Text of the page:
You can lose weight due to diabetes or hyperthyroidism. But drastic weight loss coupled with excessive sweating and hair loss can also be due to Graves’ disease. It is an autoimmune disorder that affects the thyroid gland leading to overproduction of the thyroid hormones (T3 and T4) leading to hyperthyroidism. Our expert Dr. Girish Parmar, Consultant Endocrinologist and Metabolic Physician, Kokilaben Dhirubhai Ambani Hospital, Mumbai explains in detail about everything you should know about this disease.
What is Graves disease?
In this condition, autoimmune antibodies are produced in the body which are similar to endogenous TSH (thyroid stimulating hormones) released from the brain. As these abnormal proteins are similar to the TSH hormone, they stimulate the thyroid gland. This in turn causes overproduction of T3 and T4 hormones leading to hyperthyroidism.
As blood levels of T3 and T4 hormones are increased, the overall metabolic rate is increased. This in turn increases the energy in the body and functioning of the metabolic processes leading to increased activity. Hence, the symptoms of Graves disease include –
- Palpitation or increased heart rate
- Excessive sweating
- Excessive hair fall
- Frequent loose stools
- High fever (as excess heat is produced due to increased metabolic rate)
- Weight loss
- Irregular periods
- Eye problems
In 30 – 40 % of cases, the abnormal proteins present in the body increases the pressure on the muscles of the eye and thus, lead to frequent eye problems. These include swelling of the eyes (due to the pressure exerted behind the eyes), redness, bulging of the eyes and double vision.
Causes & Risk factors
Graves disease is an autoimmune disorder in which your body cells produce antibodies. Although the exact cause of this is not known, there are several factors that increase your risk of suffering from the condition. These are –
- Gender – Females are at a high risk of Graves disease as compared to men.
- Age – Although people in their 40s and 50s are at high risk due to their age and low immunity, young people can also suffer from this disease.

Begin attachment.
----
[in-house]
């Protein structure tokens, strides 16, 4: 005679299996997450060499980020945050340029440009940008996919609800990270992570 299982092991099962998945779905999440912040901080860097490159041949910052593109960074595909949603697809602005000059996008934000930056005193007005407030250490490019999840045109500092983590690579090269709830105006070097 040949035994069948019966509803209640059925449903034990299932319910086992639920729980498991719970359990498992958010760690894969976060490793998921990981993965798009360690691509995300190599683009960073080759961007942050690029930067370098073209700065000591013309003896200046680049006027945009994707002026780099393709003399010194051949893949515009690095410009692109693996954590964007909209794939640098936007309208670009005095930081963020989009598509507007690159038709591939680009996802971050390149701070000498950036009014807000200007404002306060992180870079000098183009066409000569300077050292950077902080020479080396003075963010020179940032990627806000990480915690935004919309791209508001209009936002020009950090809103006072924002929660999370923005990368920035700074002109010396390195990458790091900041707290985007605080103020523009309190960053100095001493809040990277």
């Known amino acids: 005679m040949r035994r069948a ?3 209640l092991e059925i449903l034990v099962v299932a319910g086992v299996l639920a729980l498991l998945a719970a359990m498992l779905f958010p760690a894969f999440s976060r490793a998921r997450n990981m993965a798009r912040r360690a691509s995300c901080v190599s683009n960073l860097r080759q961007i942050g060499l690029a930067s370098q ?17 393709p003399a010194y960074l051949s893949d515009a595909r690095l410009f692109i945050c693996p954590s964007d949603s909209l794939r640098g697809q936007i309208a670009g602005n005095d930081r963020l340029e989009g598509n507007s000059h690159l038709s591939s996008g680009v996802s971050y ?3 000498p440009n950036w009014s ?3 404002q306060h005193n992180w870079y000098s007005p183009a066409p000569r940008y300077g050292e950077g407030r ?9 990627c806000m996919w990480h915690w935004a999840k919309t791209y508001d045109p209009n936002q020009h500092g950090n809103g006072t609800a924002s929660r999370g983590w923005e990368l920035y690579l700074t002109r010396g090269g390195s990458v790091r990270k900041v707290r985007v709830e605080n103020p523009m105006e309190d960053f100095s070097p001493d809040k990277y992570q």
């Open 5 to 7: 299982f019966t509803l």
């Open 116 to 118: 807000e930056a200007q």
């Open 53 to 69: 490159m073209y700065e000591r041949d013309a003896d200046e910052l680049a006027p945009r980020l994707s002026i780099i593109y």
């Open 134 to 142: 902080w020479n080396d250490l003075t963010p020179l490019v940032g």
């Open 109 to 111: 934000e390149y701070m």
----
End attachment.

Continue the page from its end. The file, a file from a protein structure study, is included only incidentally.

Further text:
- Pregnant women
- Excessive exposure to iodine
The diagnosis of Graves disease is usually based on the symptoms. You doctor might recommend a blood test to detect levels of thyroid hormones in the body. These tests usually include –
T3 and T4 test – High levels of T3 and T4 hormone sin the body might indicate Graves disease.
TSH test – Low blood levels of TSH (thyroid stimulating hormone) signify hyperthyroidism due to Graves disease.
TSH receptor antibodies – If you suffer from Graves disease, your blood levels of TSH receptor antibodies are high.
Thyroid technetium scan – In this, a radioisotope (technetium) is injected into the body. If you have Graves disease, the gland takes up the isotopes and thus shows excess radioactivity in the region, when viewed on a display.
The treatment of Graves disease is usually classified into 3 stages –
1st line of treatment: Medications
The medications that are prescribed to treat this disease include carbimazole and propylthiourasil (PTU). As the risk of liver dysfunction is high in case of carbimazole, propylthiourasil is usually recommended during the first three months of pregnancy.
Advantages: It is effective, cheap and has fewer side-effects as compared to other modes of treatment.
Disadvantages: You have to take these medications for around one and half years to two. And with this treatment the chances of remission (cure) is 30 – 40% and recurrence is 50 – 60%. In case the blood levels of TSH receptor is high, the chances of remission is less and thus, medication therapy is effective in such cases.
2nd line of treatment: Radioactive iodine therapy
If the patient is not responding to the medical therapy, your doctor might go for radioactive iodine therapy. In this, radioactive iodine either in the form of capsule or liquid (injection) is given only once.
Advantages: It is cheap and also effective. One dose provides remission in 70 – 80 % of cases.
Disadvantages: With this treatment, there is a high chance of the person suffering from hypothyroidism (shrinking of the thyroid gland). And in such case, the patient has to be on hormones (as the body does not produce hormones) for the rest of his/her life.
3rd line of treatment: Surgery
In rare cases, your doctor might recommend thyroidectomy (surgical removal of the thyroid gland) to treat the condition.
As there is no known cause of the disease, Graves disease cannot be prevented. However, If you are at a high risk of suffering from this disease, make sure your diet is low in iodine. Also, avoid seafood and cough syrup (as they contain high levels of iodine).
The content has been verified by Dr Girish Parmar, Consultant Endocrinologist and Metabolic Physician, Kokilaben Dhirubhai Ambani Hospital, Mumbai.